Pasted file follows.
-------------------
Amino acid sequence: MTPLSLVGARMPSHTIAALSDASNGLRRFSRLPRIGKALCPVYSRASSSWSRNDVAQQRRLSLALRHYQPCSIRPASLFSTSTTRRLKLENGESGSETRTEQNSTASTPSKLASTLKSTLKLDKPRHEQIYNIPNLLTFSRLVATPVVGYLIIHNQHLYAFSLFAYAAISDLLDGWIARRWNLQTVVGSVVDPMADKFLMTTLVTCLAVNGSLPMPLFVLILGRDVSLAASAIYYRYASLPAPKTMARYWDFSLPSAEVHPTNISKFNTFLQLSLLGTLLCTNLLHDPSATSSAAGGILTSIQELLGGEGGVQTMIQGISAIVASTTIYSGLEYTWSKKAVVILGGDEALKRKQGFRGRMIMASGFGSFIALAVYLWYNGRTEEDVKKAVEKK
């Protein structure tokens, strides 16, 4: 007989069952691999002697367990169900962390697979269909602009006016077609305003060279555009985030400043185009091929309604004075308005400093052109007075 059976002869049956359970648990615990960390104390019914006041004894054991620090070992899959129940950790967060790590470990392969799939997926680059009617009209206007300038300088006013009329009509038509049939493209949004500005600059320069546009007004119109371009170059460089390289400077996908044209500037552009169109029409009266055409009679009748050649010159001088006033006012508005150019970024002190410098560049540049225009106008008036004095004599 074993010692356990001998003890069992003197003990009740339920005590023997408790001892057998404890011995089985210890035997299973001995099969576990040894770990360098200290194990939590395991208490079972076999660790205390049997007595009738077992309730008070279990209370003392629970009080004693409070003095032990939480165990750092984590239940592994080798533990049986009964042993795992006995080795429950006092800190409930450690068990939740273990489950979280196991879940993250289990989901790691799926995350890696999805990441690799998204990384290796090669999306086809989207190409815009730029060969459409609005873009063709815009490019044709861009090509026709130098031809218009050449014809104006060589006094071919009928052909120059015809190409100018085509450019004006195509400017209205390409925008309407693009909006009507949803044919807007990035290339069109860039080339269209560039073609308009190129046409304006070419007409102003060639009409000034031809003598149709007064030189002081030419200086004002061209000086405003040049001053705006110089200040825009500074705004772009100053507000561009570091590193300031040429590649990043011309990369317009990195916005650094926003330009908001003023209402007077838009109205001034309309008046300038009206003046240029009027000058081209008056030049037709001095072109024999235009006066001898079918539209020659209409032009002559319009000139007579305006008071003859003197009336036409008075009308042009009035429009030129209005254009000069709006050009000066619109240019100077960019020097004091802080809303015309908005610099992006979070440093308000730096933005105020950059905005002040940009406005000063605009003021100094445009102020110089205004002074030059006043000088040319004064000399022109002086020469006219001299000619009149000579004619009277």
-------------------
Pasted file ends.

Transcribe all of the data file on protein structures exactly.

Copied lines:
Amino acid sequence: MTPLSLVGARMPSHTIAALSDASNGLRRFSRLPRIGKALCPVYSRASSSWSRNDVAQQRRLSLALRHYQPCSIRPASLFSTSTTRRLKLENGESGSETRTEQNSTASTPSKLASTLKSTLKLDKPRHEQIYNIPNLLTFSRLVATPVVGYLIIHNQHLYAFSLFAYAAISDLLDGWIARRWNLQTVVGSVVDPMADKFLMTTLVTCLAVNGSLPMPLFVLILGRDVSLAASAIYYRYASLPAPKTMARYWDFSLPSAEVHPTNISKFNTFLQLSLLGTLLCTNLLHDPSATSSAAGGILTSIQELLGGEGGVQTMIQGISAIVASTTIYSGLEYTWSKKAVVILGGDEALKRKQGFRGRMIMASGFGSFIALAVYLWYNGRTEEDVKKAVEKK
């Protein structure tokens, strides 16, 4: 007989069952691999002697367990169900962390697979269909602009006016077609305003060279555009985030400043185009091929309604004075308005400093052109007075 059976002869049956359970648990615990960390104390019914006041004894054991620090070992899959129940950790967060790590470990392969799939997926680059009617009209206007300038300088006013009329009509038509049939493209949004500005600059320069546009007004119109371009170059460089390289400077996908044209500037552009169109029409009266055409009679009748050649010159001088006033006012508005150019970024002190410098560049540049225009106008008036004095004599 074993010692356990001998003890069992003197003990009740339920005590023997408790001892057998404890011995089985210890035997299973001995099969576990040894770990360098200290194990939590395991208490079972076999660790205390049997007595009738077992309730008070279990209370003392629970009080004693409070003095032990939480165990750092984590239940592994080798533990049986009964042993795992006995080795429950006092800190409930450690068990939740273990489950979280196991879940993250289990989901790691799926995350890696999805990441690799998204990384290796090669999306086809989207190409815009730029060969459409609005873009063709815009490019044709861009090509026709130098031809218009050449014809104006060589006094071919009928052909120059015809190409100018085509450019004006195509400017209205390409925008309407693009909006009507949803044919807007990035290339069109860039080339269209560039073609308009190129046409304006070419007409102003060639009409000034031809003598149709007064030189002081030419200086004002061209000086405003040049001053705006110089200040825009500074705004772009100053507000561009570091590193300031040429590649990043011309990369317009990195916005650094926003330009908001003023209402007077838009109205001034309309008046300038009206003046240029009027000058081209008056030049037709001095072109024999235009006066001898079918539209020659209409032009002559319009000139007579305006008071003859003197009336036409008075009308042009009035429009030129209005254009000069709006050009000066619109240019100077960019020097004091802080809303015309908005610099992006979070440093308000730096933005105020950059905005002040940009406005000063605009003021100094445009102020110089205004002074030059006043000088040319004064000399022109002086020469006219001299000619009149000579004619009277």